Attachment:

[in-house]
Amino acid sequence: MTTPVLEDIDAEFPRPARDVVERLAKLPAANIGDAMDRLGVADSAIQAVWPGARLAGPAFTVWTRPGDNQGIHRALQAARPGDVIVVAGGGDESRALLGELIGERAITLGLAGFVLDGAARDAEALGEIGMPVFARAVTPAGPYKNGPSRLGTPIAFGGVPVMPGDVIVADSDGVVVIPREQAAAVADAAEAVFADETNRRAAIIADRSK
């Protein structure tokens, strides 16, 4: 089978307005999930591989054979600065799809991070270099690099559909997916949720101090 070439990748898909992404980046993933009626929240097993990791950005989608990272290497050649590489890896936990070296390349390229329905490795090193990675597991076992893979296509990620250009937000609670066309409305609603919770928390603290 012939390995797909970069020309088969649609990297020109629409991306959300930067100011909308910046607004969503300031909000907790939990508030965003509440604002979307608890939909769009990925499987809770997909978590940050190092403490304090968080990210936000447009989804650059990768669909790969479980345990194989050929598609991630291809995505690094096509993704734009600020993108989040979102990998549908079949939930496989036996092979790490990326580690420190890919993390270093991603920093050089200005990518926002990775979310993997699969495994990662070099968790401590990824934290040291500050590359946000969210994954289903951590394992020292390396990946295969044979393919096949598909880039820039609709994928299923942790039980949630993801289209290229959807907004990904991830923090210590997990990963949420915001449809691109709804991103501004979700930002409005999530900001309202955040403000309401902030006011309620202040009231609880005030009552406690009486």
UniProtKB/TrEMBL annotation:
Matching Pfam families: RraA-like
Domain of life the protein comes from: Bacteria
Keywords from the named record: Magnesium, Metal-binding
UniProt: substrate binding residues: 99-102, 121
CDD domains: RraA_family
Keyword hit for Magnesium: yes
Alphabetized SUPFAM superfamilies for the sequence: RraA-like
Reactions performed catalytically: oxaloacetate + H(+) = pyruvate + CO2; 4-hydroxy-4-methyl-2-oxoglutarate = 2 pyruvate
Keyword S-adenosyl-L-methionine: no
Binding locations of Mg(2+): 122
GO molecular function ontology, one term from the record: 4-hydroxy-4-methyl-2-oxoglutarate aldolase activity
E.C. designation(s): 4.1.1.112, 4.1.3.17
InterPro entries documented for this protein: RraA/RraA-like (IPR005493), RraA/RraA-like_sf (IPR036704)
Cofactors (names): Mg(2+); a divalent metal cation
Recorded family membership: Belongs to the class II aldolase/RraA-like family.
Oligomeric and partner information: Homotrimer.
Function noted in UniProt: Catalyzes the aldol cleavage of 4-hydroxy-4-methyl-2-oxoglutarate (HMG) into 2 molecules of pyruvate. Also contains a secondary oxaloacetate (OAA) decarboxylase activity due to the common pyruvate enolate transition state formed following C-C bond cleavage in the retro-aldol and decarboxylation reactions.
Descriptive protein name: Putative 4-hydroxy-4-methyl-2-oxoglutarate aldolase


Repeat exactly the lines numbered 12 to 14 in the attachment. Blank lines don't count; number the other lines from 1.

Reactions performed catalytically: oxaloacetate + H(+) = pyruvate + CO2; 4-hydroxy-4-methyl-2-oxoglutarate = 2 pyruvate
Keyword S-adenosyl-L-methionine: no
Binding locations of Mg(2+): 122